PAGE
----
Synology Photos is the answer, and it’s a great first release. In many ways, Photos looks like any photo gallery tool, but with a few extra smarts. There is a mobile app for iOS and Android with the option to auto-upload all new photos you take to your Synology Photos account.

The spotlight feature is face recognition, where Photos scans your images as during indexing, and collects similar faces under a single name tag. From within the ‘Albums’ tab you’ll find ‘People’ where all of your familiar faces are together.

This feature works pretty well, but needs fine tuning before it drives us all from Google Photos. It is excellent at defining faces in photos, but not as good at identifying matches in other images.

For example, I have about a billion photos of my son (a conservative estimate), so he features heavily in the several thousands photos I’ve uploaded to the DS723+. As you can see below, Photos recognises his face, but has left me a big clean up job as I now need to manually tag each with his name.

Synology Photos identifies faces, but struggles to match similar faces to the same person.

It’s also a shame that Synology Photos can’t identify non-human objects. I regularly search Google Photos using the word ‘receipts’ to find the photos I need for expense reports. I tried similar searches in Synology Photos, but it found no results. This search feature can find details in the metadata of your photos, like the camera used to take the photo, for example.

On the plus side, Synology Photos is impressively fast, especially with the processing grunt of the AMD Ryzen chipset inside the DS723+. After all of your photos have been indexed, the thumbnail display is near instantaneous, even when you are scrolling down an enormous list of files.

Is the Synology DS723+ worth buying?

The Synology DS723+ is a solid choice for small to medium-sized businesses and prosumers who require a reliable and powerful storage solution. Its compact form factor and solid build quality make it a great addition to any office or home setup. It might be overkill for a basic home media server setup, but the extra power from the Ryzen processors will be welcome if the price tag doesn’t phase you.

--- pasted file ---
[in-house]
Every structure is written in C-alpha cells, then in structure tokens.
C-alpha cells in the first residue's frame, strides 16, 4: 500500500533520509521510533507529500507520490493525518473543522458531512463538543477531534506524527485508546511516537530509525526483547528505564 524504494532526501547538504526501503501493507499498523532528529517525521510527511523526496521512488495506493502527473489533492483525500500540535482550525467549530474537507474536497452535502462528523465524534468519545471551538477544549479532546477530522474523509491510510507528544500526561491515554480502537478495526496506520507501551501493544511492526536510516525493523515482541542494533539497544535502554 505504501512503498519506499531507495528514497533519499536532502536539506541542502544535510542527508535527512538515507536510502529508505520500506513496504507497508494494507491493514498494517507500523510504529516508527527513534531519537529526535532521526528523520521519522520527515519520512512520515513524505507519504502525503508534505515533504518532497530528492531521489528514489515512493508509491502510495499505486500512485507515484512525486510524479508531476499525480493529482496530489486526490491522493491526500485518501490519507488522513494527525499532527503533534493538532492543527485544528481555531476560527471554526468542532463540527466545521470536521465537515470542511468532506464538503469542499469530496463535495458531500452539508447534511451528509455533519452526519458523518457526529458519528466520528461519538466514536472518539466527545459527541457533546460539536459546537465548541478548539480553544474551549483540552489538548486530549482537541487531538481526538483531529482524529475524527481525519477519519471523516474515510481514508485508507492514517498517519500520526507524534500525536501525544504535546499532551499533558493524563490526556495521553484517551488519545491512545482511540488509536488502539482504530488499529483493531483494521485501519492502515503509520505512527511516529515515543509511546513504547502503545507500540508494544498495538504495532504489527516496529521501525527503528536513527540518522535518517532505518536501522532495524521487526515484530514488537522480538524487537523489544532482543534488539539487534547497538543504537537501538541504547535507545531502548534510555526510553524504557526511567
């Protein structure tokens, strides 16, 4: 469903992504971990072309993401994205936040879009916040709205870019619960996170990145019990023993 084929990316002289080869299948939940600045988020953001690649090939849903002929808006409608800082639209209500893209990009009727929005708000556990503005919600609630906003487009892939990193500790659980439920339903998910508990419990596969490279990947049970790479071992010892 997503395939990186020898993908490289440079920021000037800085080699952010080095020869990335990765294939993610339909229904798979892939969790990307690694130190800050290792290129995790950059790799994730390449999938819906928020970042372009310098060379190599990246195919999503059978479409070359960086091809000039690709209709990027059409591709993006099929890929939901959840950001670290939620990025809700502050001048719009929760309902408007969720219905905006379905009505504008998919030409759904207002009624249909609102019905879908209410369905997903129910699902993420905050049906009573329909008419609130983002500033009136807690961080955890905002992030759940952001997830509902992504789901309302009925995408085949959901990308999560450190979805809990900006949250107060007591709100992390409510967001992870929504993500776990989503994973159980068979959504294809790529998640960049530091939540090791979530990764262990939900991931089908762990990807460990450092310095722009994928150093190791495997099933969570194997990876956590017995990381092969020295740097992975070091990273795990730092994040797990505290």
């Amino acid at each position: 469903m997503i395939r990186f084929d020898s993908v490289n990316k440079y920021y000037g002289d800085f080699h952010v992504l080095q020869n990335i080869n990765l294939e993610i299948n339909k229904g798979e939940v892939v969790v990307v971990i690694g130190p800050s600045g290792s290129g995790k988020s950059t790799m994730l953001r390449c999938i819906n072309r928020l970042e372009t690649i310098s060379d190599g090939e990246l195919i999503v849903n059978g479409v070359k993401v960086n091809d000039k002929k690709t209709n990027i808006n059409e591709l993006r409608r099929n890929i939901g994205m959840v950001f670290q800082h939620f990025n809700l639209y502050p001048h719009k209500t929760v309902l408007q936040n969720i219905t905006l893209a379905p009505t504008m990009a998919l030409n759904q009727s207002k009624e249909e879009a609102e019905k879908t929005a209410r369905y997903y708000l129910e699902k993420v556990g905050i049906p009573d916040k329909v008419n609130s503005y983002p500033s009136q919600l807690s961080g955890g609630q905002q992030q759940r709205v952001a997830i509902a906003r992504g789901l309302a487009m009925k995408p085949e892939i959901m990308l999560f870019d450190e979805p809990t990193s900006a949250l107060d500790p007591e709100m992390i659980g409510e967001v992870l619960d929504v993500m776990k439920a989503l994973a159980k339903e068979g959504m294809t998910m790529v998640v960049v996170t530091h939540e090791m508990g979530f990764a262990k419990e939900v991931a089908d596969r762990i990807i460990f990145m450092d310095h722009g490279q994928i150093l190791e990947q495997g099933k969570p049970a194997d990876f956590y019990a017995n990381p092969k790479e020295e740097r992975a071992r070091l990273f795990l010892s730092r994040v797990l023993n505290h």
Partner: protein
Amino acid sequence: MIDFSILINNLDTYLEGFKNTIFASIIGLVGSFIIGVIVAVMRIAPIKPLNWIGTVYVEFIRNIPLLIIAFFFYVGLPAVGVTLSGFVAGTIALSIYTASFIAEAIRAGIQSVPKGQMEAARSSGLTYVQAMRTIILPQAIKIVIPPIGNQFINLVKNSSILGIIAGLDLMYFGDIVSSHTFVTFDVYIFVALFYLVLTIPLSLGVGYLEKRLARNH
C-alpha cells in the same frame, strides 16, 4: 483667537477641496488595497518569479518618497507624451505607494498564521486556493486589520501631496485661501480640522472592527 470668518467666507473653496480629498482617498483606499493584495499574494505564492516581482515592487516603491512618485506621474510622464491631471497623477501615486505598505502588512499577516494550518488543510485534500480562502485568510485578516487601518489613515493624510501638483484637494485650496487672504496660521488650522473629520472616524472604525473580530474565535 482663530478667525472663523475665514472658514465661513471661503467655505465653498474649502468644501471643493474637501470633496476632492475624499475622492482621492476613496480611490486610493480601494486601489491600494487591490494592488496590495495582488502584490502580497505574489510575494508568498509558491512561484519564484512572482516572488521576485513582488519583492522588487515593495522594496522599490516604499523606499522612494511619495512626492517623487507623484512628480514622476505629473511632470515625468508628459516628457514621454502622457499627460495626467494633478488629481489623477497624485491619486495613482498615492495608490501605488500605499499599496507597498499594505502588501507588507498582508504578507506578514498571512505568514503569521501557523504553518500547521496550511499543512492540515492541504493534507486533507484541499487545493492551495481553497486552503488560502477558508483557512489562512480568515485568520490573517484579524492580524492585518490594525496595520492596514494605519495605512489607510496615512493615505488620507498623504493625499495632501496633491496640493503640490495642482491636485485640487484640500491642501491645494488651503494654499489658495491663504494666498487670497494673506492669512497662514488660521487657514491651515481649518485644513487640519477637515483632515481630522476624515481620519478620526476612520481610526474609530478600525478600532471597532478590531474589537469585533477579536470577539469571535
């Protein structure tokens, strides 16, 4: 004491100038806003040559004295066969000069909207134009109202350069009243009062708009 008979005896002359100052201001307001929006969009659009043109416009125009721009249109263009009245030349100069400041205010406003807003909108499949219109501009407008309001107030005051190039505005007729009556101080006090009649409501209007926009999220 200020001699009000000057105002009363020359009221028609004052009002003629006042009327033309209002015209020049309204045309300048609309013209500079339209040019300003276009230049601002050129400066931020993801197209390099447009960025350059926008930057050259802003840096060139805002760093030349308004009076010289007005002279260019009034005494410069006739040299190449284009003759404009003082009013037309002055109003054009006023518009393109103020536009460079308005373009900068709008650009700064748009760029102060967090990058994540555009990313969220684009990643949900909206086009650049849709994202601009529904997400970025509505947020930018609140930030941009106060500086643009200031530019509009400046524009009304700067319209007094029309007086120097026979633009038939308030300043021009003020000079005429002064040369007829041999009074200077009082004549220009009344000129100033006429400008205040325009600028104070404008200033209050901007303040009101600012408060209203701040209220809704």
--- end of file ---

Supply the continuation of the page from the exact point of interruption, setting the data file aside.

Does the DS723+ support hot-swappable drives?

Yes, the DS723+ does support hot-swappable drives, but it is worth reading the Synology guide about this feature to understand its limitations.

Is the DS723+ NAS noisy?

No, it is incredibly quiet with Synologu estimating the unit produces only 20 decibels when in use, which is about the volume of someone whispering. It’s is definitely quiet enough to have in a home office without the noise ever distracting you.

How much RAM is in the DS723+ and is it expandable?

The Synology DS723+ ships with 2GB of memory installed, and the option to expand this up to 32GB. We didn’t test the impact of a RAM upgrade during our tests, but anecdotal evidence from users suggests it makes the user interface feel much snappier.

Joe Hanlon
Written by
Joe Hanlon
Joe has been reviewing tech and gadgets for over a decade having worked at CNET, TechRadar and telco comparison site WhistleOut.

Related Articles

The Final Shape header
Destiny 2 – The Final Shape review: Better late than never
At this point, I’ve stopped asking Destiny 2 to be a normal video game.
Espresso
What to look for in a coffee machine
Live, laugh, large oat latte